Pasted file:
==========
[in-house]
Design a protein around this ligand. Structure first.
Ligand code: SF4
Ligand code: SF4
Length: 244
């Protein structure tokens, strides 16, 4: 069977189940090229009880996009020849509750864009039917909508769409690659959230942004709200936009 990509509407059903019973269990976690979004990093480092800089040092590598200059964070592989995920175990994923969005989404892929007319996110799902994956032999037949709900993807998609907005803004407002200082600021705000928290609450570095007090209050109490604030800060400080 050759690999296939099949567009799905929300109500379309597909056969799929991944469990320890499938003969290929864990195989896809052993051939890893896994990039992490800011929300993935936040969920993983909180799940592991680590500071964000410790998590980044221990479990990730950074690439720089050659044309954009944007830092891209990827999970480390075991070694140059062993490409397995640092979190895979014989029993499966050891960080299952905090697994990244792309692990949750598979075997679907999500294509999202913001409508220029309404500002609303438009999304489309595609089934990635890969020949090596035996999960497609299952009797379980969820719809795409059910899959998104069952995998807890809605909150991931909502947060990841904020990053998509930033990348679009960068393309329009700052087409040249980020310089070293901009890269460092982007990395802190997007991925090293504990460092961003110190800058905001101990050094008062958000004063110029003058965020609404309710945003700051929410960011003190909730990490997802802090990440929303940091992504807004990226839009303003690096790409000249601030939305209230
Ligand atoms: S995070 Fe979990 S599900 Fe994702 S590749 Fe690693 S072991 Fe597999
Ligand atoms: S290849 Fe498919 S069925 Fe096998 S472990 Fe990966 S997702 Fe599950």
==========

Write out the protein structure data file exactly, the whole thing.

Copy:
[in-house]
Design a protein around this ligand. Structure first.
Ligand code: SF4
Ligand code: SF4
Length: 244
């Protein structure tokens, strides 16, 4: 069977189940090229009880996009020849509750864009039917909508769409690659959230942004709200936009 990509509407059903019973269990976690979004990093480092800089040092590598200059964070592989995920175990994923969005989404892929007319996110799902994956032999037949709900993807998609907005803004407002200082600021705000928290609450570095007090209050109490604030800060400080 050759690999296939099949567009799905929300109500379309597909056969799929991944469990320890499938003969290929864990195989896809052993051939890893896994990039992490800011929300993935936040969920993983909180799940592991680590500071964000410790998590980044221990479990990730950074690439720089050659044309954009944007830092891209990827999970480390075991070694140059062993490409397995640092979190895979014989029993499966050891960080299952905090697994990244792309692990949750598979075997679907999500294509999202913001409508220029309404500002609303438009999304489309595609089934990635890969020949090596035996999960497609299952009797379980969820719809795409059910899959998104069952995998807890809605909150991931909502947060990841904020990053998509930033990348679009960068393309329009700052087409040249980020310089070293901009890269460092982007990395802190997007991925090293504990460092961003110190800058905001101990050094008062958000004063110029003058965020609404309710945003700051929410960011003190909730990490997802802090990440929303940091992504807004990226839009303003690096790409000249601030939305209230
Ligand atoms: S995070 Fe979990 S599900 Fe994702 S590749 Fe690693 S072991 Fe597999
Ligand atoms: S290849 Fe498919 S069925 Fe096998 S472990 Fe990966 S997702 Fe599950």